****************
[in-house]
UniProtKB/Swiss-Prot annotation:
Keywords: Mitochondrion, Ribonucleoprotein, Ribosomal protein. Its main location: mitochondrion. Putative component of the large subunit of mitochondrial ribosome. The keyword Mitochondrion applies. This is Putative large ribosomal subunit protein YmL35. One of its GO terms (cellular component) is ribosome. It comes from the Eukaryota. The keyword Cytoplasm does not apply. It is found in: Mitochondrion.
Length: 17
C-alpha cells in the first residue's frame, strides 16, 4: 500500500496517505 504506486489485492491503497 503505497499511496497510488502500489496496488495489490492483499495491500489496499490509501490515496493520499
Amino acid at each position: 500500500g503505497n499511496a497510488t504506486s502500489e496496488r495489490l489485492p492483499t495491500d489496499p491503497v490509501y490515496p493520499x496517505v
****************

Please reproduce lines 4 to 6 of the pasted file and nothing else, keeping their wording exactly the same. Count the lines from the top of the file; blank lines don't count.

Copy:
Length: 17
C-alpha cells in the first residue's frame, strides 16, 4: 500500500496517505 504506486489485492491503497 503505497499511496497510488502500489496496488495489490492483499495491500489496499490509501490515496493520499
Amino acid at each position: 500500500g503505497n499511496a497510488t504506486s502500489e496496488r495489490l489485492p492483499t495491500d489496499p491503497v490509501y490515496p493520499x496517505v